The service’s arrival will be timed to that of a new spring pro football league, whose player ranks include former college standout Johnny Manziel. Initially available on iOS, Android and through the Bleacher Report website, with other distribution options in the works, B/R Live will offer a free preview for several weeks before phasing in what the company called “flexible pricing options.”
Unlike the forthcoming ESPN Plus and many of the other 200-plus subscription OTTs with monthly flat rates, B/R Live will introduce some interesting new pricing wrinkles. Viewers with or without cable subscriptions will be able to enter credit card information as live game action continues on their screen and sign up for access to an individual game, season or sports league. Access to portions of NBA games is also in the plans beginning with this fall’s start of the 2018-2019 season, which will be especially novel. Those partial games will be offered through NBA League Pass, the league announced today. League Pass will be available at a reduced rate via B/R Live and also offered through NBA.com and the official NBA app. (Turner and the NBA have jointly operated the NBA’s website and many of its digital operations over the past decade.)
“Let’s sell the fan what it is they want,” said NBA Commissioner Adam Silver, who appeared at Turner’s launch event at Bleacher Report’s loft-like offices in the former Paramount building in Midtown Manhattan. “We’re still experimenting with pricing,” Silver added, but he floated one scenario of 99 cents for a 5-minute portion of a game and $7 for a full game. Fans would be alerted to a close score or an individual performance and be induced to tune in, as they do for other on-demand attractions. “Just like a movie, it may be somewhat spontaneous,” Silver said.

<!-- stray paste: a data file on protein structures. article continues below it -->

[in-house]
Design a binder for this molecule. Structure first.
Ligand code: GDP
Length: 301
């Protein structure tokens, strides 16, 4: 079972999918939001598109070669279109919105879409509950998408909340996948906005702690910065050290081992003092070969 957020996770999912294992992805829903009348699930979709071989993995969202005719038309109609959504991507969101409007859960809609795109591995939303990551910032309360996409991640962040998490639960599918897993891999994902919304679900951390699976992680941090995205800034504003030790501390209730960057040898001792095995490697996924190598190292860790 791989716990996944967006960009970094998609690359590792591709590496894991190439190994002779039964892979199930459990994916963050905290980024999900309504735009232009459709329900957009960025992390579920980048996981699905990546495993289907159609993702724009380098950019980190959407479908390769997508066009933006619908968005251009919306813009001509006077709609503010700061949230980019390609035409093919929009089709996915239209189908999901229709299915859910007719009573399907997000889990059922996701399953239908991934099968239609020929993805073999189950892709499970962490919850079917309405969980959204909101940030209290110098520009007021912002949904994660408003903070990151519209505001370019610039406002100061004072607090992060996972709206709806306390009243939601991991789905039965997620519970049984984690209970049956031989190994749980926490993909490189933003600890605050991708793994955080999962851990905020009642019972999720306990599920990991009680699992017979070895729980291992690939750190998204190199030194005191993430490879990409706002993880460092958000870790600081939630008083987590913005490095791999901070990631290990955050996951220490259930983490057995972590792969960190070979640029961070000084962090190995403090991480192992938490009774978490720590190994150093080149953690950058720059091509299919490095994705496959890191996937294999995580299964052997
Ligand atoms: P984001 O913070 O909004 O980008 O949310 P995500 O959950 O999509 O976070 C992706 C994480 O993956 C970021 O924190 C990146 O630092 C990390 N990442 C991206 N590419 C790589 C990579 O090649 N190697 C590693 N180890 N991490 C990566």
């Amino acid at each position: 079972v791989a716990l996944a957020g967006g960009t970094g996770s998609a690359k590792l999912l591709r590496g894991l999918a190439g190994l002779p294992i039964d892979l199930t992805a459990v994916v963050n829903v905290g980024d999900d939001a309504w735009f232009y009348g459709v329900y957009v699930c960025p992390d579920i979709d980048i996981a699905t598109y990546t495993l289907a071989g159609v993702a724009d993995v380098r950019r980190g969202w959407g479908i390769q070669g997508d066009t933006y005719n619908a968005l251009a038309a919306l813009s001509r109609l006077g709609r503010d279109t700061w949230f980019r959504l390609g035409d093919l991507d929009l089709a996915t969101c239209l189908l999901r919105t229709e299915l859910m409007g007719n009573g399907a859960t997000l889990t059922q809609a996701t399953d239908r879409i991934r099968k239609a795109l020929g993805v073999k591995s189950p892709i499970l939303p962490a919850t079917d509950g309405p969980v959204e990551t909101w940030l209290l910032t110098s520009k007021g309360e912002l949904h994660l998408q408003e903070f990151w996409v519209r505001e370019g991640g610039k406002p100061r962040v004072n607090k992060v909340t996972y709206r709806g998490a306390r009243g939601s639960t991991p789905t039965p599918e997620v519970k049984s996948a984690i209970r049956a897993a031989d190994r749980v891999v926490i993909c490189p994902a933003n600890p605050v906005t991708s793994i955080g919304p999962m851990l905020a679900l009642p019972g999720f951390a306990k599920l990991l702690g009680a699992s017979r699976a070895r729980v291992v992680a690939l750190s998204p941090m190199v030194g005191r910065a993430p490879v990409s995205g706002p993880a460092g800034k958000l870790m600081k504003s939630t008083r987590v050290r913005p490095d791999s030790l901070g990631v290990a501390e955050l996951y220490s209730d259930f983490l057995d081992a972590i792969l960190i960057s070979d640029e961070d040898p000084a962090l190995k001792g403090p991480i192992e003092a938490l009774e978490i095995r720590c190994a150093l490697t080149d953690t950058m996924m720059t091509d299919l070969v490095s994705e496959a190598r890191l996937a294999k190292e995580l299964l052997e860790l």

Execs offered a brief demo of the service, which will promote Turner’s offerings, which as of now include the NBA, NCAA tournament basketball (including this weekend’s Final Four), soccer, golf and lacrosse. Like all rights bidders, Turner is jockeying for compelling sports and has been mentioned as a possible destination for NFL games, such as Monday Night Football. A social media-style “feed” showing game scores and other news updates will fill a column on the left side of the screen, suiting the sports-fan habit of monitoring other games.
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“Everyone knows viewing habits are continuing to change,” said David Levy, president of Turner. “And we must adapt.” Levy said the OTT service was a scenario envisioned from the early days after Turner acquired Bleacher Report in 2012. The OTT fits with the strategy to generate “content that is untethered to the television networks.”
Along with Turner, ESPN, NBC, CBS and other networks are racing to shore up their viewership levels as digital options proliferate. Maverick online brands like Barstool Sports and others have leeched away some of the fans once controlled exclusively by the networks airing live game coverage. In many cases, digital rights are becoming separate from linear broadcast rights, as in the case of the NFL’s Thursday night games, which have streamed on Amazon and Twitter in recent seasons.
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